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Government Gazette
61st Independence Day

The scent of independence

As the sun rose from the east coast on a pleasant February day Mother Lanka heralded the much awaited tidings of independence after almost five centuries of western oppression and intimidation.

The date was February 4, 1948 when Ceylon was granted independence by the mighty British Empire after more than 150 years of rule in which so much of transforms took place both culturally and demographically. At last the Ceylon lions were afforded to put a smile on their wearied faces and tarnished glory. The mighty Union Jack paved its way to the equitable Lion heralding a new era to this splendid little island situated at the tip of the Southern India.

The word 'independence' uniquely defines the state of being independent aptly coincides the importance and the dignity of a nation irrespective of its magnitude. Sri Lanka in regards to independence paved an unequivocal and uncompromising building of a nation as Sri Lanka where diversity plays second to none in modern socio-political map.

Almost 500 years of European rule had set its indelible footprints in this diminutive island. The pearl of the Indian Ocean had to go through the mill in its history of ebbs and flows for many grotesque fantasies. If one would stare into the histories of the pre-1500 AD era the story unfolds even further more with greater proportions. As of the modern interest let us briefly unfold times from the 1500 AD onwards.


It was the Portuguese who disembarked in 1505 AD and took control of the coastal belt and disseminated their missionary agenda subsequently assisted by the Ceylonese who searched for better material prospects; their names, standard of living and culture were extensively transformed. The Dutch subsequently conquered the island by chasing the 'so-called' devilish Portuguese and established similar sorts in which the Ceylonese was further transformed and craftily used by the masters for economic remuneration. Finally, in came the British with their fighting military power, smartness and the lack of unity among the Ceylonese polity once more led to the renunciation of the sovereignty of the entire island in the early decades of the nineteenth century.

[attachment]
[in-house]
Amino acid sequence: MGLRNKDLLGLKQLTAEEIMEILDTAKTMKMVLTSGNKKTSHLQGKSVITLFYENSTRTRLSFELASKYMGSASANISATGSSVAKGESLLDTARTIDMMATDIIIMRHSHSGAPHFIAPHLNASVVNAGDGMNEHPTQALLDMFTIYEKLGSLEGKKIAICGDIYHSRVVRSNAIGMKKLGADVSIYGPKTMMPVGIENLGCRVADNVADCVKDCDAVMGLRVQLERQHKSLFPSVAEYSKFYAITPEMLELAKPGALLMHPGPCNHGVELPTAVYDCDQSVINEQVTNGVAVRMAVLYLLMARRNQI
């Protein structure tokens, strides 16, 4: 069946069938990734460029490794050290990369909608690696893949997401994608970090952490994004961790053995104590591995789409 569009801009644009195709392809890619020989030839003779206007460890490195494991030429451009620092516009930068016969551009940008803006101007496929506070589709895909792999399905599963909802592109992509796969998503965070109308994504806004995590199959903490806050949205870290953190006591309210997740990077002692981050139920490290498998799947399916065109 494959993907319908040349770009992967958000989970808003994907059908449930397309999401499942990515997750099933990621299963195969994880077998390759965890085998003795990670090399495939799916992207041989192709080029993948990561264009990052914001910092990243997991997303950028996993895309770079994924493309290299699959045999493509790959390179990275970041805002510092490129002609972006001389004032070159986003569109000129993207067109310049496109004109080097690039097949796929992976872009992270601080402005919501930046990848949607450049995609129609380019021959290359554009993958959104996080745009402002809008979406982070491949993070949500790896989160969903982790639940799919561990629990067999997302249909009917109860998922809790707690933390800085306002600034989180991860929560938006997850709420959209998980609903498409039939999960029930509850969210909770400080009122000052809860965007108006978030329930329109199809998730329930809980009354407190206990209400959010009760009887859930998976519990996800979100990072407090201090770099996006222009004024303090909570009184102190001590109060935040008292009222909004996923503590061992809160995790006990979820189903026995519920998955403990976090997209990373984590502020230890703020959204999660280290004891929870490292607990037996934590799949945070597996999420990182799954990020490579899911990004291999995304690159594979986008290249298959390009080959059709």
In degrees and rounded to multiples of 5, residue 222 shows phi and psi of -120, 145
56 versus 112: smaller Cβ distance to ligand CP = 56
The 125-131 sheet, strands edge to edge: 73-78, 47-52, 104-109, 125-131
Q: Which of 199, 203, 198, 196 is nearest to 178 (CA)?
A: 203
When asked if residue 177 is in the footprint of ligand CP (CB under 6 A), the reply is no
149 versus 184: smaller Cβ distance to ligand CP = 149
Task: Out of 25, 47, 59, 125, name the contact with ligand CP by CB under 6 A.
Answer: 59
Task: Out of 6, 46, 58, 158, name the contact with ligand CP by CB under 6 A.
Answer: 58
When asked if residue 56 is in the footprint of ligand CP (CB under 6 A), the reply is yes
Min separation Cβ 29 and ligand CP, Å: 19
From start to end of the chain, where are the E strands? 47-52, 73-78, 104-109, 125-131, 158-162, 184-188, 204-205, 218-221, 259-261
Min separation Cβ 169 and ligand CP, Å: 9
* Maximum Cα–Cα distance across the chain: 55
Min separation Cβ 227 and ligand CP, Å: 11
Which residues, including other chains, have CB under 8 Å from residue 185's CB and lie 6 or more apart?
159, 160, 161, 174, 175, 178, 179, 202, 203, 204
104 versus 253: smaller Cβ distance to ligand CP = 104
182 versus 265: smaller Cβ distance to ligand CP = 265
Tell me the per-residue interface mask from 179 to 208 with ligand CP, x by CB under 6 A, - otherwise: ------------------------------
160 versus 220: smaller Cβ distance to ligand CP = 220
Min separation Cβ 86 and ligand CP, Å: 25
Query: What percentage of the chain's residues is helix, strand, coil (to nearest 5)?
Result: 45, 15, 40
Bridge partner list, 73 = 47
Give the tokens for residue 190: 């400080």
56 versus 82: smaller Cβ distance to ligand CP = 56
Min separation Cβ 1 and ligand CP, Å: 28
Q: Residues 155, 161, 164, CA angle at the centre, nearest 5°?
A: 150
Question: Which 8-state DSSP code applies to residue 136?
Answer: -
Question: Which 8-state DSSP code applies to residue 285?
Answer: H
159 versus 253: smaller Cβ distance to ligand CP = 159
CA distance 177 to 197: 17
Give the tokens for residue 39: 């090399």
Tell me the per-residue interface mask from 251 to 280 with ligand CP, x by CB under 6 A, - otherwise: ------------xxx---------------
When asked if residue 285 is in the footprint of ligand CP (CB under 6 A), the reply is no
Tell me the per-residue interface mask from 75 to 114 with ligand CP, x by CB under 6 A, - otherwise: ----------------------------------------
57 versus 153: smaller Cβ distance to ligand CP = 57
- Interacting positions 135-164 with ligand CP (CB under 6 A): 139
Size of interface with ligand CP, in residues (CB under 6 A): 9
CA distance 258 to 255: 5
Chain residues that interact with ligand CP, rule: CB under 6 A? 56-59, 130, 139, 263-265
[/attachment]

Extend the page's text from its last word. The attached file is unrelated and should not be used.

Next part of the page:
The British had the best of the times in which the protagonist had the absolute power to execution willy-nilly and as an integral ploy of their rule the estate Tamils were brought down from India thus led to 'divide and rule' agenda which suited thoroughly to keep the colonial master at mirth at every nook and cranny. The British were sensible to nullify the aspirations of the common Ceylonese by vilifying mannerisms created within their own community this was part and parcel in which we still find solutions unabated in the 21st century.


However, the fighting spirits among the Ceylonese remained soaring all the time especially against burning socio-political aspects. The freedom movements led by the Sinhalese leaders and other patriotic Ceylonese forces consist of various facets from pens to swords. The pens were used to exhibit the intensity of the battles and led to a renaissance of some kind of 'Battle poetic' culture. Some of the 'battle poems' (Hatan Kavi) have been written in the olden days are 'Battle of Dunuwila' (Dunuwila Hatana), 'Battle of Danthurey' (Danthurey Hatana), 'Battle of Portuguese' (Parangi Hatana), 'Battle of Wellassa' (Wellasse Hatana) and 'Battle of Matale' (Matale Hatana) that crossed my mind. 'Battle of Matale' famously led by Puran Appu aka Francisco Fernando and his brave Sinhalese warriors pleasantly depicted by the film guru Dr. Lester James Peries in his classic historic movie Veera Puran Appu screened in 1979 aptly supported by the factual evidence-based screen play by Dr. Tissa Abeysekara, the movie still remains as a means of educating the posterity pertaining to historical aspects in schools.

Finally it would be timely to focus on why the concept of independence must be dealt with significance and patriotism. As of nation building one must primarily address the value of one's concept of motherland. It goes as if conspiracy to destroy your motherland is a criminal offence thus a traitor. The traitors exist at any moment of time.


The gravity of treachery may sometime intricate to perceive due to various obfuscated factors. In the olden days treachery was utilised effectively by the enemy to its own advantage and it still persists in our society. A force that exposes the treachery and deceit phenomena must be protected by any stretch of imagination to coexist independence and equality of a nation. Sri Lanka, as we see her 61st milestone since the independence, has to be very proud of her history largely due to its unique diversity which some of the other countries falls short of.

The pearl of the Indian ocean belongs to its rightful owners and they are none other than those who born and love her to bits without destroying her for material well-being. From the times of Vidiye Bandara, Keppetipola and Puran Appu to the most modern warrior who spends his life in jungle, muddy water and pierces through the thick jungle swatting the mosquitoes while trudging to savour the parity of independence from 'mono-ethnic' lunacy brings that tiding of the fragrance of independence a bit more closely to savour in this little island.


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